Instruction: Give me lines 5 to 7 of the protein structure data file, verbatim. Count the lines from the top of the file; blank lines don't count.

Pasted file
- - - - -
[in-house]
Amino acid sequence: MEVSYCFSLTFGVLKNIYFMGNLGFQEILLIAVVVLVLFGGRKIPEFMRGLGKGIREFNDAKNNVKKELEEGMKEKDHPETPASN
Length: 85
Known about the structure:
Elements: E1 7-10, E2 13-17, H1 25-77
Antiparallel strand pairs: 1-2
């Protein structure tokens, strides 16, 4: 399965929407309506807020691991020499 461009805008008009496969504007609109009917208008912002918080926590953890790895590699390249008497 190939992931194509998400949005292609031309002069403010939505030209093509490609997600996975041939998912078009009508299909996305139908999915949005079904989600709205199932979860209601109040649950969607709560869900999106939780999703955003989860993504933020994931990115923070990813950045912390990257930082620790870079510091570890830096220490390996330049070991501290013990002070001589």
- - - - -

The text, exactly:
Elements: E1 7-10, E2 13-17, H1 25-77
Antiparallel strand pairs: 1-2
């Protein structure tokens, strides 16, 4: 399965929407309506807020691991020499 461009805008008009496969504007609109009917208008912002918080926590953890790895590699390249008497 190939992931194509998400949005292609031309002069403010939505030209093509490609997600996975041939998912078009009508299909996305139908999915949005079904989600709205199932979860209601109040649950969607709560869900999106939780999703955003989860993504933020994931990115923070990813950045912390990257930082620790870079510091570890830096220490390996330049070991501290013990002070001589």